Hovering on the brink of insolvency, the U.S. Postal Service wants to break its union contracts to cut 20% of its workforce and withdraw its employees from federal worker healthcare and pension plans, according to a Washington Post report published this afternoon.Without a major financial restructuring, the USPS will be broke by next month, the Post reports. The agency is now seeking Congressional approval to break its labour contracts, which prevent layoffs, and create it’s own benefit plan for postal workers.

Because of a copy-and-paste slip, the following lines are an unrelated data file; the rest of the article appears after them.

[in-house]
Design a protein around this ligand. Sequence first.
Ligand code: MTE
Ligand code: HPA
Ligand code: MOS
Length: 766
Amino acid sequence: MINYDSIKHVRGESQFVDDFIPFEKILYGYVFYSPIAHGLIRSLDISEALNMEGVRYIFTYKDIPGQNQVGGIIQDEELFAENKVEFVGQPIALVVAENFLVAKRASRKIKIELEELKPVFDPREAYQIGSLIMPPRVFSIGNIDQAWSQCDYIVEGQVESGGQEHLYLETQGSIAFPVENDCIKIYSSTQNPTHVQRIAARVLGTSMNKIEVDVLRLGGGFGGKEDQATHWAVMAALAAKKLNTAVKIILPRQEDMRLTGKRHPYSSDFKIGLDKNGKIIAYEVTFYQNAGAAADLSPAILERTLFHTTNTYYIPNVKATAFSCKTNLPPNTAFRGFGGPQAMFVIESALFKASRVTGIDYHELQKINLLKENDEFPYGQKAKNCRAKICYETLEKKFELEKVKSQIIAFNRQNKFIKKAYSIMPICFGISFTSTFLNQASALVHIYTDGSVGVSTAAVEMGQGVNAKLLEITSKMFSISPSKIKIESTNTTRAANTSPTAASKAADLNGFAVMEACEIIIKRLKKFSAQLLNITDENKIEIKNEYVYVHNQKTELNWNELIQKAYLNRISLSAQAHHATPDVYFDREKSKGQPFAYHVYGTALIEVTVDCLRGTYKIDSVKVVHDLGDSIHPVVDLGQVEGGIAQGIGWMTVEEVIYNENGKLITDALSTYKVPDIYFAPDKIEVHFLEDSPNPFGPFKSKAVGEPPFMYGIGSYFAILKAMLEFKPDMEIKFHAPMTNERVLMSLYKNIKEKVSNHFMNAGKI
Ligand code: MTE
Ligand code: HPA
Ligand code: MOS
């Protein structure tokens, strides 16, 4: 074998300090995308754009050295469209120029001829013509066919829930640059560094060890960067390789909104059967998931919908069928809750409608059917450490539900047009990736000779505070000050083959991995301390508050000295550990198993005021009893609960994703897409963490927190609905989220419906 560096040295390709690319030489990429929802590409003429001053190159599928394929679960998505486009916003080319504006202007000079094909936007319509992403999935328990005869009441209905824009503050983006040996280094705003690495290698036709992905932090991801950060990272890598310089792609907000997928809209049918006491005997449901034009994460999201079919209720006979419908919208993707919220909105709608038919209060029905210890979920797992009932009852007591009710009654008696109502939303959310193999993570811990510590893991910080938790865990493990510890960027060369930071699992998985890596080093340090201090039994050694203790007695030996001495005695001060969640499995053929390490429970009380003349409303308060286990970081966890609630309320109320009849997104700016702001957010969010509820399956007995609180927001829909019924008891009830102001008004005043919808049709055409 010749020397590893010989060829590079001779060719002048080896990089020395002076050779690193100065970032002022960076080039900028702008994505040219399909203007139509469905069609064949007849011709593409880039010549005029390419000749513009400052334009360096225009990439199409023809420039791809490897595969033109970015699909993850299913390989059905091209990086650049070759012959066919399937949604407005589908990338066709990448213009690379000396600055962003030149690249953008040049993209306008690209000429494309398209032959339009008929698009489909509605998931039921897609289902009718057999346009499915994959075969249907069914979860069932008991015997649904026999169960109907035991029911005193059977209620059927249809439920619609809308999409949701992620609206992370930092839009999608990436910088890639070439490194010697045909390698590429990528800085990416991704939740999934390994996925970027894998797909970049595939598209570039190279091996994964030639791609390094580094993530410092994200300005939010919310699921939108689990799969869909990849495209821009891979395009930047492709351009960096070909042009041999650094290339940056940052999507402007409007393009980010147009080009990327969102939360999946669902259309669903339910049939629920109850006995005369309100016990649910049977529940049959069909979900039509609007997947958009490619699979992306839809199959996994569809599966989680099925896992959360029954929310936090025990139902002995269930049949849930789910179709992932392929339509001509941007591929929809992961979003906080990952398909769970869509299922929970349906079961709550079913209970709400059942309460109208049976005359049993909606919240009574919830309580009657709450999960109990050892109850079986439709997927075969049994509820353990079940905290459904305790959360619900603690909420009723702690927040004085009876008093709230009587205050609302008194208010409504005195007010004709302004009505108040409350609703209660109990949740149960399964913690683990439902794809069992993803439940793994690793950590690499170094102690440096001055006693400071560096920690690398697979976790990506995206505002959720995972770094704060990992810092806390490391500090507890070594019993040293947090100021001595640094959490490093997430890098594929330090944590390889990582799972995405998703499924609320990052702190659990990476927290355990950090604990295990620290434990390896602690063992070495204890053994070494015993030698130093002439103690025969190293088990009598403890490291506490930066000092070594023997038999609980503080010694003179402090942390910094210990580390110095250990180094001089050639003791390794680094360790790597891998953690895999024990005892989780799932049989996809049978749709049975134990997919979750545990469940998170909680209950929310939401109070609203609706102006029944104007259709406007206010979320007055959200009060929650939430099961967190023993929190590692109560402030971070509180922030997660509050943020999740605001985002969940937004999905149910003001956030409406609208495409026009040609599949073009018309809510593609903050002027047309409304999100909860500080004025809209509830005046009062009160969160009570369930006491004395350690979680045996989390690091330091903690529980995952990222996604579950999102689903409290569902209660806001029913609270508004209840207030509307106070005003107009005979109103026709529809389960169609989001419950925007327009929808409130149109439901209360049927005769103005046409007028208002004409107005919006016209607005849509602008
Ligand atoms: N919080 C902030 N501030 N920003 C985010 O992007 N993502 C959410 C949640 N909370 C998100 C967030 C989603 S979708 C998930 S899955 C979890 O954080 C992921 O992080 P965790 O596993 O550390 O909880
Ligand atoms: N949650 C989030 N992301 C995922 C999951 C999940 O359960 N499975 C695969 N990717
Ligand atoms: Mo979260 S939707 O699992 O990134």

The USPS has lost $5.7 billion this year and is on track to exceed its projected $8.3 billion deficit. The agency has already stopped making its congressionally-mandated contribution to the federal worker benefit system.
USPS has taken drastic steps to slow its financial hemorrhaging, cutting more than 100,000 positions over the past four years. Last month, the agency announced plans to close more than 3,000 post offices across the country. The Post Master General has also called for halting Saturday delivery. But declining mail volume and rising pension costs have bled USPS dry.
The agency’s financial proposals will doubtlessly face intense opposition from federal worker unions. If Congress does approve allow USPS to unilaterally restructure its collective bargaining agreements, the decision could have a widespread ripple effect for federal employees and public-sector workers across the country.